Determining the Regulations Big Data Should Face

The ability to cross reference tire sizes by auto accident frequency may have the ability to save you on your monthly premium. But what are the additional theoretical or even real costs associated with the increased use of big data?

As the big data industry continues to grow and our daily lives become more integrated into a multitude of datasets, some countries are looking at how to regulate the types of information, the way information is collected and the way information is used.

A global challenge

In Europe, there is a proposal for a regulation called the general data protection regulation(GDPR). This regulation would subject foreign companies that process the personal data of EU citizens such as names, email addresses, medical information or even social networking sites to increased scrutiny and stiff penalties for data misuse.

Here in the US, there are currently a number of laws that appear to be applicable to regulating how data is collected. But according to information from the General Accounting Office, those policies are outdated and not adequate. Regulations such as HIPAA (1996), Children’s Online Privacy Protection Act (1998) or the Computer Fraud and Abuse Act (1986) are all tasked with regulating technologies that simply didn’t exist then.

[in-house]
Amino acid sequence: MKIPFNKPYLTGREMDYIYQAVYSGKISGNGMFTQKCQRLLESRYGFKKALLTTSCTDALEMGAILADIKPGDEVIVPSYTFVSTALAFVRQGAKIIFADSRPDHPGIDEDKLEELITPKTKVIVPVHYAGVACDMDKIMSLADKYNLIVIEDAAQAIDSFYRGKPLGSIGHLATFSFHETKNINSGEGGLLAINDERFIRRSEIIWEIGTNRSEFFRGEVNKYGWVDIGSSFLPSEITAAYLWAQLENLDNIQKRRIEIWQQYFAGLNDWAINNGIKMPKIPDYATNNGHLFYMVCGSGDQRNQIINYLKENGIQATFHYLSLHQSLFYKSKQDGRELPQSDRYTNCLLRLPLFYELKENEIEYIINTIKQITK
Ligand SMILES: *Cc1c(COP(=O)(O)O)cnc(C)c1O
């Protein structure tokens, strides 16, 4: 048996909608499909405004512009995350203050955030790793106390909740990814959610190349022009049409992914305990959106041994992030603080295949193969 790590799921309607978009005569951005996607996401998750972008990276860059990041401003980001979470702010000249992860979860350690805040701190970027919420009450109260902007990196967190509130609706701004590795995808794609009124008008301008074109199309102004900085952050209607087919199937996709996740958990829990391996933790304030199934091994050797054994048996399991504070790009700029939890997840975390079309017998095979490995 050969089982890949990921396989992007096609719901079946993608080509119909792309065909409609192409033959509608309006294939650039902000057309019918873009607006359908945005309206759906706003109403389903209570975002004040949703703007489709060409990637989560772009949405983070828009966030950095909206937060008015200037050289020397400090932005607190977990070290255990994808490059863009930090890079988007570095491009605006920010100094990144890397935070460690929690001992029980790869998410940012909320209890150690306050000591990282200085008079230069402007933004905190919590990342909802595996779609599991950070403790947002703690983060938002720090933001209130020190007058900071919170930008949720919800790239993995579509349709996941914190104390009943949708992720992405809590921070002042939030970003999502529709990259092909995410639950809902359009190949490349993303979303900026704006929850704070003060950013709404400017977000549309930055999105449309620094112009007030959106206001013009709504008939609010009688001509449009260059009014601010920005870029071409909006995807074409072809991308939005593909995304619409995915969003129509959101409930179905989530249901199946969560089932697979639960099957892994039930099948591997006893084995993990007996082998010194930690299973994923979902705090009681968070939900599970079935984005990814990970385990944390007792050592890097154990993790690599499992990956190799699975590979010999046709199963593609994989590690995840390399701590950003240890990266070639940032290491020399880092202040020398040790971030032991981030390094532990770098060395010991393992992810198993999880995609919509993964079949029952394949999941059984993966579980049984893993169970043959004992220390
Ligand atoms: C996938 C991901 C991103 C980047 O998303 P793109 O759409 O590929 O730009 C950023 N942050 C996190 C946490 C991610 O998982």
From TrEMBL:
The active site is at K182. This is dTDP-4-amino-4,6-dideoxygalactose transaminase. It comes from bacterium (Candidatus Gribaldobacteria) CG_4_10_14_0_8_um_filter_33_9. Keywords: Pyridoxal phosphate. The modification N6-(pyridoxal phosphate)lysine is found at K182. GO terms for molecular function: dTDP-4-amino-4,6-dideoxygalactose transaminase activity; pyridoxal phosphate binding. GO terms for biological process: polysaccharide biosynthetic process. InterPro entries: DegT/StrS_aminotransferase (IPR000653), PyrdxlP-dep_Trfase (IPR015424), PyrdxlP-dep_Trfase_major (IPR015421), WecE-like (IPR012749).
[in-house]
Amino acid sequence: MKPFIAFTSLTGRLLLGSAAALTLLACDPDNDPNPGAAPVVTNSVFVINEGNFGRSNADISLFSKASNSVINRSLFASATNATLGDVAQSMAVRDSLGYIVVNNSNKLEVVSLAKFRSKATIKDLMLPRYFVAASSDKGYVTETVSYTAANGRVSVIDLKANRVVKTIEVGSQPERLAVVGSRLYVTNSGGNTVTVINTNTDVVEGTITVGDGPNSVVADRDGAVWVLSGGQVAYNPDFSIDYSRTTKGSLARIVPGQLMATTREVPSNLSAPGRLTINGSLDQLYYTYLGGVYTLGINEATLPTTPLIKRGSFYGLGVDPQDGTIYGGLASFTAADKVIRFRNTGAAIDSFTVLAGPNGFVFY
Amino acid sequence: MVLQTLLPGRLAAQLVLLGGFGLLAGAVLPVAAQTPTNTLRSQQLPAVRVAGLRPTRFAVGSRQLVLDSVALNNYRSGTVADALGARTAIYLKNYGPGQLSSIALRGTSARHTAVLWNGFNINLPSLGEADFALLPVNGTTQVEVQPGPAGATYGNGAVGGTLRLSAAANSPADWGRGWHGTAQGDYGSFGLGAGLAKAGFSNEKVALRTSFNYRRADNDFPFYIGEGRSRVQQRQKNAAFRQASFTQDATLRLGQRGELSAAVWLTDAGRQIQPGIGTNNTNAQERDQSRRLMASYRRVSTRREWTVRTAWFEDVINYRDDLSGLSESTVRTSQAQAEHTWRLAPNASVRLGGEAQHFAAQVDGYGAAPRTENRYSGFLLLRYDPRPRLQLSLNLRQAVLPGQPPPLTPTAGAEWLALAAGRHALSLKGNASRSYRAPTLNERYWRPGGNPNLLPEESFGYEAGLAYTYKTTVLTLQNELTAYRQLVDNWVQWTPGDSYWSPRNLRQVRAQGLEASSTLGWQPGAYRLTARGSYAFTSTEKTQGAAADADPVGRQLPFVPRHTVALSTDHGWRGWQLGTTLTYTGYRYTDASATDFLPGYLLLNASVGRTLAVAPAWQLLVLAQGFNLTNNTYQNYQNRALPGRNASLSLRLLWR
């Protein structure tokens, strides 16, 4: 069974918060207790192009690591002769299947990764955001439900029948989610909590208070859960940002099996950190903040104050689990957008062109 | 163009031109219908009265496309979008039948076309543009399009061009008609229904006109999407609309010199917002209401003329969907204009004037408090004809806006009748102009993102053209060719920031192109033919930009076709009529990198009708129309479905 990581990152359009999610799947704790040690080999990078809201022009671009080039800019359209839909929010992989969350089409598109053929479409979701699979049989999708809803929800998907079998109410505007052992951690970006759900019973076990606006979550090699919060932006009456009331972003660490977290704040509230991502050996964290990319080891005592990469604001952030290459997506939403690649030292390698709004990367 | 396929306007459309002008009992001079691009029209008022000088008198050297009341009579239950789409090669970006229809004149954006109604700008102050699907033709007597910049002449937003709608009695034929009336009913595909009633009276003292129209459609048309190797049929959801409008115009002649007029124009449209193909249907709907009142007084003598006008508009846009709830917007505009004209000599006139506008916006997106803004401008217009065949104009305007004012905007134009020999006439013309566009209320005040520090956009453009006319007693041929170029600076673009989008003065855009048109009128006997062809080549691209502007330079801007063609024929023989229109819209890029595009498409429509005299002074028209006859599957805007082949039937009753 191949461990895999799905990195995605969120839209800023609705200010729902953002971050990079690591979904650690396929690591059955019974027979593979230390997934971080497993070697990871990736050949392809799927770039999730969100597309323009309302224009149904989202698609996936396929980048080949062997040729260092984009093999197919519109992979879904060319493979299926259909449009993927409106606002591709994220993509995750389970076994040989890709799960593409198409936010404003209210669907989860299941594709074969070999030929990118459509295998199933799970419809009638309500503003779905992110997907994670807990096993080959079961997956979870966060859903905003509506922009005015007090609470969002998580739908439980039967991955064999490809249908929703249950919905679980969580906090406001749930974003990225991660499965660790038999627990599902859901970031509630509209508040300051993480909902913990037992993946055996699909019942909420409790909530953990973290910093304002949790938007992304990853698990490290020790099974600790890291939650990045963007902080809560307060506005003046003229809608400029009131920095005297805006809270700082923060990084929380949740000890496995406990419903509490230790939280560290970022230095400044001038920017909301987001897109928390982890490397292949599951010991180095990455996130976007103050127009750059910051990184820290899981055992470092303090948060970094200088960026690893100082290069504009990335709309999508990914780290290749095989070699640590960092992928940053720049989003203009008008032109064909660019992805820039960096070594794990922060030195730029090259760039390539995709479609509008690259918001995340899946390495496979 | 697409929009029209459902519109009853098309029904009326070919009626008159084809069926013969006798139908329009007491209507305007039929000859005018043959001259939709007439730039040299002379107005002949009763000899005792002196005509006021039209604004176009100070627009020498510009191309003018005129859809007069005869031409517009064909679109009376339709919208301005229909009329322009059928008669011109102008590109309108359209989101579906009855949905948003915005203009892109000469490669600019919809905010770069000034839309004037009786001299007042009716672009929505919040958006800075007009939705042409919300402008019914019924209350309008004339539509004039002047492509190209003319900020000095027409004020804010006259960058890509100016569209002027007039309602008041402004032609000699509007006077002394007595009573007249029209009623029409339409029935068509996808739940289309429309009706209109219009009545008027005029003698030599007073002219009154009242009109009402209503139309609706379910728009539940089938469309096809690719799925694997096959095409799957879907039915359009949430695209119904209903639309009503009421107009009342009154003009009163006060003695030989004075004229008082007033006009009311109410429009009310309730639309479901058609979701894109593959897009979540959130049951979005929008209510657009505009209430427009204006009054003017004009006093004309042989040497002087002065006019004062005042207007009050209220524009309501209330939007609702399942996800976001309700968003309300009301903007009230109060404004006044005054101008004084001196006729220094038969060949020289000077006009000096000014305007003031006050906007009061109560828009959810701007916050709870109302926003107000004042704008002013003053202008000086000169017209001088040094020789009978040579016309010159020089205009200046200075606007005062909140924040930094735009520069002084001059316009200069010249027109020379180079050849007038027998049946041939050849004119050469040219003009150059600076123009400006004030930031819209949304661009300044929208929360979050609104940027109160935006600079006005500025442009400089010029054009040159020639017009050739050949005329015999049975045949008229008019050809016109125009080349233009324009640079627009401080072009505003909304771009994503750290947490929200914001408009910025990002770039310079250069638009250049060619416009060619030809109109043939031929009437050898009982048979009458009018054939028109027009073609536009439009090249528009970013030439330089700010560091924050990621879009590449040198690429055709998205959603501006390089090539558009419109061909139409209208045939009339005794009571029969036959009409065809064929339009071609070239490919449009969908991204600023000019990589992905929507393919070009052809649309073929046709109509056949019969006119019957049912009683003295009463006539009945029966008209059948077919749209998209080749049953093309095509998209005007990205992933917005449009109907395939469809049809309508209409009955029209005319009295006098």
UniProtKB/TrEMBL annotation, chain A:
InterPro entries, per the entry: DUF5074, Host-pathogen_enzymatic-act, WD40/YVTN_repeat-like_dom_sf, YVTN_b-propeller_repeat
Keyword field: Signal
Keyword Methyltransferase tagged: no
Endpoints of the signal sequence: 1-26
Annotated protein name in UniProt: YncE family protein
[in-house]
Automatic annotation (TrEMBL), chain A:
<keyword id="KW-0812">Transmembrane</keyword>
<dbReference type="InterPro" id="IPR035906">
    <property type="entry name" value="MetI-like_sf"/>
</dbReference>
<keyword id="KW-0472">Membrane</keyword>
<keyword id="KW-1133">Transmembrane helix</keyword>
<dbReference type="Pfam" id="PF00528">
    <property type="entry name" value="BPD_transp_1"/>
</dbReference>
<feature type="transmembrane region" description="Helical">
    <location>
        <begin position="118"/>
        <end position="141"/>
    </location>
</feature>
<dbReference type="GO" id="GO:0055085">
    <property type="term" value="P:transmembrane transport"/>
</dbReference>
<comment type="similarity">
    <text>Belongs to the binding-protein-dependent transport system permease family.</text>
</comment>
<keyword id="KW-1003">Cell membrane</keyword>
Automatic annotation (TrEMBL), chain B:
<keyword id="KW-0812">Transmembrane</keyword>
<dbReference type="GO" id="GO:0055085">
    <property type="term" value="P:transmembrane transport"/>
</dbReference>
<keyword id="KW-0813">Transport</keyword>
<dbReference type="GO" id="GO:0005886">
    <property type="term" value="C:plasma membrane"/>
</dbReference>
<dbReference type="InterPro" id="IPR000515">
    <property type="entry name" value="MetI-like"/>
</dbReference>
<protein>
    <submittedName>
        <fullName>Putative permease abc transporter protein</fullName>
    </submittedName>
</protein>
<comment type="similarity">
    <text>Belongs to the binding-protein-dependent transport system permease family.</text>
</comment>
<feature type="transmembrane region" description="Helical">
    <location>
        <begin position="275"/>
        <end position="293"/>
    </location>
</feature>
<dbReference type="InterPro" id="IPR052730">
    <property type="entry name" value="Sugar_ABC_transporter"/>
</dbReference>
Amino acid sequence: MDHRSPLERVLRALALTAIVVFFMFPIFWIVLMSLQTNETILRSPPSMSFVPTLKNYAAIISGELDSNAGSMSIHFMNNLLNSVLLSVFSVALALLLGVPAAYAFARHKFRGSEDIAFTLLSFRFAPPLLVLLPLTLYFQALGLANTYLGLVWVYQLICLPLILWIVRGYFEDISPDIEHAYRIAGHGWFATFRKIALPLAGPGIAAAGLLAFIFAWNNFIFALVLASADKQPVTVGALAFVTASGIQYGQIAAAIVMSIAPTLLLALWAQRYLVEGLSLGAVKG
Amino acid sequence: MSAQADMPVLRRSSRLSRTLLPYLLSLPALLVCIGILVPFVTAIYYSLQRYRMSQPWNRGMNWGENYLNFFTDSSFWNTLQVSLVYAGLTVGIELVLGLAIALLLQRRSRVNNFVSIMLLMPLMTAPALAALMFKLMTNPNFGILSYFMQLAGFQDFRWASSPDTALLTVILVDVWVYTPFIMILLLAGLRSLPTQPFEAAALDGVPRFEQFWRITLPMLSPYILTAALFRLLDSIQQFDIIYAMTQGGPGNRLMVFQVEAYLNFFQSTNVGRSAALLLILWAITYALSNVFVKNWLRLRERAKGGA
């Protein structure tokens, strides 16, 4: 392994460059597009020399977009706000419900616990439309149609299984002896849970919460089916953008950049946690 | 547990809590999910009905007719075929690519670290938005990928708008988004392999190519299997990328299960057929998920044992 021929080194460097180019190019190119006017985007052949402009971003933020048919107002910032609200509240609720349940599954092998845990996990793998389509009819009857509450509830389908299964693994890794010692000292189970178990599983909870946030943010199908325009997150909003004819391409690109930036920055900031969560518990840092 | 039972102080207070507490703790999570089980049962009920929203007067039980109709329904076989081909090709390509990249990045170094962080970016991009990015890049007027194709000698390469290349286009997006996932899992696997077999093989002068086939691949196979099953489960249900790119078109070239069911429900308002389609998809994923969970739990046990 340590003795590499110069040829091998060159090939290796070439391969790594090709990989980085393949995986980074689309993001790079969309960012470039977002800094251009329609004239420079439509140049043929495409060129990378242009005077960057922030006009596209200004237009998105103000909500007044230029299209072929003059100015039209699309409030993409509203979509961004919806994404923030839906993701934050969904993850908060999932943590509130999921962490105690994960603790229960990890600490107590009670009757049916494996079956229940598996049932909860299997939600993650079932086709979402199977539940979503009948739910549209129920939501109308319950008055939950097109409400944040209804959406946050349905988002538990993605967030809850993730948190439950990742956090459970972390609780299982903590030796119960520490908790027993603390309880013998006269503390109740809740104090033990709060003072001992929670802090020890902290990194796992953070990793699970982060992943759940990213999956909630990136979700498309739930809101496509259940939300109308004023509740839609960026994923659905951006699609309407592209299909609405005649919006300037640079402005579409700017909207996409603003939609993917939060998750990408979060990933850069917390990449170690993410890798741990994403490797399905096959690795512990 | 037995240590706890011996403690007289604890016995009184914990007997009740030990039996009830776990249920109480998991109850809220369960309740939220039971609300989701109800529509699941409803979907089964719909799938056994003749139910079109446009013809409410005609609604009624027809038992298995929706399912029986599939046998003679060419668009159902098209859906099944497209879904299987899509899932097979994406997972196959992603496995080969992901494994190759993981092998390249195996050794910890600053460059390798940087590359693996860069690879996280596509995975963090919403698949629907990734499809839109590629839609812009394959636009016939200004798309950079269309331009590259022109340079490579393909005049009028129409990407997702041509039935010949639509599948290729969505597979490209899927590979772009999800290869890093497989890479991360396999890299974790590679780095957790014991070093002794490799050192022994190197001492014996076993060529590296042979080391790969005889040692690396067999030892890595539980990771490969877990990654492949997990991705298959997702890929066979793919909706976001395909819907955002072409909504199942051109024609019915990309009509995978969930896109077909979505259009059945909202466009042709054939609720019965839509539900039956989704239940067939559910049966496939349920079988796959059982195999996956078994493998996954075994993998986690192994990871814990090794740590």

But this is also a challenge of scale. Big data is big business. In fact, according to some estimates, in 2012 the data-driven marketing economy added $156 billion in revenue to the U.S. economy and fueled more than 675,000 jobs. That’s nearly half of total U.S. expenditures on marketing and advertising services, which is estimated at $292 billion annually. Because of this massive presence in our economy, even the FTC has vowed to find a way to regulate the collection of data. Integrating big data in your business

In the face of potential regulation, ensuring that your business is utilizing big data in a safe, secure and effective way is vital. Discovering repeatable business patterns is the most valuable benefit of big data and if those patterns and business practices are eventually subject to regulation, you want to ensure that your data is safe.

This is especially vital in big data for health care or even in the consumer space with organizations. Today, we’re able to mine a richer field of less structured, and potentially more valuable, data from weblogs, social media, email, sensors and photographs. Alacer offers your organization the ability to translate that data into actionable results while ensuring that you are staying compliant of any current or future regulations.

by Richard Paxton